Patrick Hoban is better than me at Yugioh. There is no question that he has accomplished
more in this game than I ever will. Furthermore, I think he gets more contempt than
he deserves. He appears to be sincere in
his enthusiastic attempts to explain the game to others.

That said … I found his most recent ARG posting … uhm …
interesting. Perhaps I can summarize my
thoughts in the following cartoon.

Yugioh according to Patrick Hoban |

… and you thought this was a children’s card game.

The main problem with the article is his inability to
substantiate any of his statements with numbers. Sure, economics requires assumptions in order
to reduce a vast number of variables to something that can be fit into a
model. In Yugioh the variables are all
known. It’s a card game. However, Mr. Hoban is not relying on math; he’s
using intuition. He suspects that “three”
is the magic number and then borrows economic jargon to convince the
reader. Consider the following passage:

*So how do we know that three is better than every other number? While I believe that theory is vastly more important than play testing when it comes to deck building, this is the area that play testing is most important in. This process is going to be trial and error and*

**it’s going to be a completely separate issue to train you to be able to identify what is or isn’t working**
Great players like Patrick Hoban don’t craft decks with
statistics; they build decks based on experience. They know how a good deck plays because they have
played both good and bad decks. Several
hands of an inferior deck will quickly turn them off just like the wrong spices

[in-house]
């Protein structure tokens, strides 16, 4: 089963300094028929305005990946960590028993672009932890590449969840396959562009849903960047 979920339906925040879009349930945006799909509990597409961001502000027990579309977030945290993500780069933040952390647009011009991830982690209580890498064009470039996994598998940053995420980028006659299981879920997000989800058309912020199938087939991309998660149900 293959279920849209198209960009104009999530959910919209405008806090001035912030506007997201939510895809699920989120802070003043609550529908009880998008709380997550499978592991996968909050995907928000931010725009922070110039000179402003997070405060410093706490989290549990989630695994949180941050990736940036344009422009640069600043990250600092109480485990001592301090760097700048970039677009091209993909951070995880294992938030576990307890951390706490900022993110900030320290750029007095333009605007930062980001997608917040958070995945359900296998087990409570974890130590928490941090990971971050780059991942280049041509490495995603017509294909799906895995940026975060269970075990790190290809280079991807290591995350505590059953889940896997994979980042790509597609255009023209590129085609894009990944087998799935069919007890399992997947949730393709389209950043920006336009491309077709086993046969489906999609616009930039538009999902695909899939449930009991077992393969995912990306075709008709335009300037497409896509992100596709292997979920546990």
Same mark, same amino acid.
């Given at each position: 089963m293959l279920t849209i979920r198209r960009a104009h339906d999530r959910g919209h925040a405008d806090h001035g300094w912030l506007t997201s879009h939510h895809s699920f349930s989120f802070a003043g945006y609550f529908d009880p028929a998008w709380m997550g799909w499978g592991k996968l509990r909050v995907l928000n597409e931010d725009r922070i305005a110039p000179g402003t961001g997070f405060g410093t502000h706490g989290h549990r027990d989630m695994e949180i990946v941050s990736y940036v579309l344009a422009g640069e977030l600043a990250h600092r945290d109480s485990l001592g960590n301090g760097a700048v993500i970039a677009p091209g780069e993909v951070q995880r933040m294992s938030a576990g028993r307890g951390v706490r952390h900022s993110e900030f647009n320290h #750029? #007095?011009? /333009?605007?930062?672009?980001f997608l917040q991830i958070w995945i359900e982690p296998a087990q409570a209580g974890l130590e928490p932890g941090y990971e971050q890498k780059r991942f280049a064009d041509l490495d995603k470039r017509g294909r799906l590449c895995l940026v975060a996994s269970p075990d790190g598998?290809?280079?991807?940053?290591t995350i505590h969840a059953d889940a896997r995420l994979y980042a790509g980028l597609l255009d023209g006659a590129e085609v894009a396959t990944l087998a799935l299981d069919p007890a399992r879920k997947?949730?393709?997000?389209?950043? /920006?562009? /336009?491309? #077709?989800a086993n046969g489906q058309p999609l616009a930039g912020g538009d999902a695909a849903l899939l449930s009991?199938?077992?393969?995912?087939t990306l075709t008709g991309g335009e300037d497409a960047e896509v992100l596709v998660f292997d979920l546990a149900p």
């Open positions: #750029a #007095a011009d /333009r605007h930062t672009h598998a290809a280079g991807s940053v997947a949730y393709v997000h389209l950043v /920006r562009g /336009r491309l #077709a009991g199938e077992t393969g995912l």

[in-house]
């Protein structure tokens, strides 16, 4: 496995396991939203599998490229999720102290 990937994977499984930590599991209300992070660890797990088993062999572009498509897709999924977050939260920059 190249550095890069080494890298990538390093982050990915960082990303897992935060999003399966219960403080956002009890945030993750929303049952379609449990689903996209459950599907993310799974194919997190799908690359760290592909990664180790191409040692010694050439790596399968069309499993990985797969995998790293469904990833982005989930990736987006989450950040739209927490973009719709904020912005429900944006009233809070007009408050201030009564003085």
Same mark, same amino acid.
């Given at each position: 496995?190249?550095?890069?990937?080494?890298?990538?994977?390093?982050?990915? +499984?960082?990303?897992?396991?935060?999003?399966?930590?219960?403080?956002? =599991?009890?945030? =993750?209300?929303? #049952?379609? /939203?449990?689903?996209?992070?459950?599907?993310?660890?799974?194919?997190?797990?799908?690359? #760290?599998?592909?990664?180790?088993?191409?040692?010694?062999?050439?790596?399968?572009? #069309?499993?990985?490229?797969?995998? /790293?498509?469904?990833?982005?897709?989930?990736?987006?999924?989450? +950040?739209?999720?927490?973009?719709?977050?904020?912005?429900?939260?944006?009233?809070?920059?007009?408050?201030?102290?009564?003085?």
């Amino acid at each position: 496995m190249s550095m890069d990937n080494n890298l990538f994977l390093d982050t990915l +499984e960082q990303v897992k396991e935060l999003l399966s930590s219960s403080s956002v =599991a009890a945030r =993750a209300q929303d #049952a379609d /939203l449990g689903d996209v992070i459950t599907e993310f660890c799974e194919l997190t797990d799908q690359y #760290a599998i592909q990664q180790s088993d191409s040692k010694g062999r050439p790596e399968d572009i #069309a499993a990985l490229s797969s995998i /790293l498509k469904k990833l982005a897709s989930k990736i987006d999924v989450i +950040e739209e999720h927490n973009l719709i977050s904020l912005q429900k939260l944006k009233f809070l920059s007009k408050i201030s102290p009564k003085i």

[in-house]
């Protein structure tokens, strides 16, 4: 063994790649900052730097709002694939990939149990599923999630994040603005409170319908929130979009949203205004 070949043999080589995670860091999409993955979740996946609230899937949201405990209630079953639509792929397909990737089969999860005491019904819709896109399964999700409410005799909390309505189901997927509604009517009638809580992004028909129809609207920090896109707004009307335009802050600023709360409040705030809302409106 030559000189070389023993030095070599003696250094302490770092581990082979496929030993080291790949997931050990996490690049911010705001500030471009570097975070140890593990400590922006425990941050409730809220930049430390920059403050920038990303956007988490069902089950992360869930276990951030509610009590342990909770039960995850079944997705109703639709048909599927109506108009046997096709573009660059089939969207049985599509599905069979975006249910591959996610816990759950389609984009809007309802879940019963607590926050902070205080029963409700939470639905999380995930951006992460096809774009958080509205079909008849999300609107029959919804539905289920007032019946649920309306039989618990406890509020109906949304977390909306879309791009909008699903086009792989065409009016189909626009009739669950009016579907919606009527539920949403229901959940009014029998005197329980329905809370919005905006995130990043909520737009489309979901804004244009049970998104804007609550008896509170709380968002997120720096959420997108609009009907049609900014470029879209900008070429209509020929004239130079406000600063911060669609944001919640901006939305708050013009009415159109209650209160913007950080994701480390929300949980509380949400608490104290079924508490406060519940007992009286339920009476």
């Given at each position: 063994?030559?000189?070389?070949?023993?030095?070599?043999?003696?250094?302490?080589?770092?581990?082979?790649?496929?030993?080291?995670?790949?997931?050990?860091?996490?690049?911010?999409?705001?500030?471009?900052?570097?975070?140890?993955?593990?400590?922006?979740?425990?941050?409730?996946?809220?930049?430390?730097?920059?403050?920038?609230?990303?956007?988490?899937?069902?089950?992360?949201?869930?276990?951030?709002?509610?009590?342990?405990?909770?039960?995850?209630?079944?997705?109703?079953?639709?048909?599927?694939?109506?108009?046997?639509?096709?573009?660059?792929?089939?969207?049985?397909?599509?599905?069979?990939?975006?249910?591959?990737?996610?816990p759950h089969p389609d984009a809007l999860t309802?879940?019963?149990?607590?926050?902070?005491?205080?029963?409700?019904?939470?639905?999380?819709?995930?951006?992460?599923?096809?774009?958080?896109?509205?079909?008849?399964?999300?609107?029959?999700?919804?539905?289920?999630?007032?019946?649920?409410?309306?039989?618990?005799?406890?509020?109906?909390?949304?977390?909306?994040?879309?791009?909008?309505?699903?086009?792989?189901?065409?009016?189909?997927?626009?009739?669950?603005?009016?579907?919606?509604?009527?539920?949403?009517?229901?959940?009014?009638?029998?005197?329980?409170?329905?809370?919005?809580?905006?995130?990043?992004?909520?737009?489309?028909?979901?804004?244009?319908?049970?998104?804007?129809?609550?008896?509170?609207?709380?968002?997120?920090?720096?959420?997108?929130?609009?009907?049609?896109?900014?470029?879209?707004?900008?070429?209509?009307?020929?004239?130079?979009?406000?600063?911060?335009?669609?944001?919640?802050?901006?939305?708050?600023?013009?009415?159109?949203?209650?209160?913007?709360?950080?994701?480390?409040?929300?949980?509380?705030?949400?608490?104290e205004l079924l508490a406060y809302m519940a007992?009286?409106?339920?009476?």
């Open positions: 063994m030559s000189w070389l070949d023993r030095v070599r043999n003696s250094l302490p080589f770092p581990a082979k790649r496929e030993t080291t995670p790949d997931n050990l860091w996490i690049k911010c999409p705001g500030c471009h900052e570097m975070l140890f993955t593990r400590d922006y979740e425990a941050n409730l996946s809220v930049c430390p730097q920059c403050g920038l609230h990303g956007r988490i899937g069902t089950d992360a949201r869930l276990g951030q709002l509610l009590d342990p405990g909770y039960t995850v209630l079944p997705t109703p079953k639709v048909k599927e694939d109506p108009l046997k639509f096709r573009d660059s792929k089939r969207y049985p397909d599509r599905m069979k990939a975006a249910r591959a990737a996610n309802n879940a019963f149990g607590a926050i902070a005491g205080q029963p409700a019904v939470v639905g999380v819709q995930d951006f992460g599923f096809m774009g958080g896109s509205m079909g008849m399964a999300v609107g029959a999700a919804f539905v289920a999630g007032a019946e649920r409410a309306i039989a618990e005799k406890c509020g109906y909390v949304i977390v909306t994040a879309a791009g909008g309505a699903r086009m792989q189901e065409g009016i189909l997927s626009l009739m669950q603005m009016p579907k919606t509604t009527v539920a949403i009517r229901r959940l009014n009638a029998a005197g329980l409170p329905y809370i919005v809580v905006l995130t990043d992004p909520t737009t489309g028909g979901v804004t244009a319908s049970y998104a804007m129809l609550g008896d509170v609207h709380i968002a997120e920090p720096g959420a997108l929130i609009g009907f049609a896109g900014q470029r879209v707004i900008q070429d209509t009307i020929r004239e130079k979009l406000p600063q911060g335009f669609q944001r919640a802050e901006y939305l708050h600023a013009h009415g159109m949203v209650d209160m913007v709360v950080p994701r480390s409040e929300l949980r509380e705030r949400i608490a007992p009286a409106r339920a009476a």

will offend a master chef. Developing a
sense of good and bad decks takes time and talent. For inexperienced players, the best place to
start is a tier one net deck. For the
rest of us, keep practicing.

Though Mr. Hoban makes a mess of it, marginal utility does
have meaning in Yugioh. In brief, it’s the value one gets by adding another “card”
to your deck. The concept is only robust
when one considers card equivalents. Mr.
Hoban mentions this in his “Assumptions” section, but doesn’t make it
particularly clear. A card equivalent is
a card that is functionally the same as the card you want. For example, ROTA is equivalent to Photon
Thrasher because drawing ROTA gets you a Thrasher. If you really, really wanted
Thrasher, you could play three Thrasher, ROTA, and three Photon Lizard for a total of
seven equivalent cards. “Marginal utility”
answers the question, “How much value is there by adding the third Photon
Lizard?” In other words, what is the
added value for having seven equivalent cards compared to six?

The following are the actual numbers for marginal utility in
Yugioh. The left hand column gives the
number of card equivalents. The marginal
utility can be calculated by subtracting the chance of drawing Thrasher with
seven cards from the chance of drawing him with six. The answer is 7.2%. Notice this curve is not an inverted “U”.
There is no maximum.

Adding extra cards to get your Thrasher does come with a
cost. Specifically, you run the risk of drawing into two card equivalents. The second card is a dead card. This risk also increases with the number of
cards you add. One could “maximize” the
difference between Drawing-at-least-one-target-card and a Drawing-more-than-one-target card. This number is given by the dotted black line.
You can calculate it by simply subtracting the 2

^{nd}and 4^{th}columns. If you graph*this number*, you will get a curve with a maximum. The answer is not three, but somewhere between 6 and 7.
People who have played this game for a while will probably think of "6" as a reasonable number. I tend to use 9 cards when getting to the key card is very important (e.g. Malefic Decks). My CMG deck uses 10 Cyber Dragon equivalents. If you play it, you may notice that the Cybers can clog.

I will be going to the ARG tournament in Richmond. Perhaps I will be able to discuss Marginal Utility in Yugioh with the man himself. Until then, play hard or go to school.

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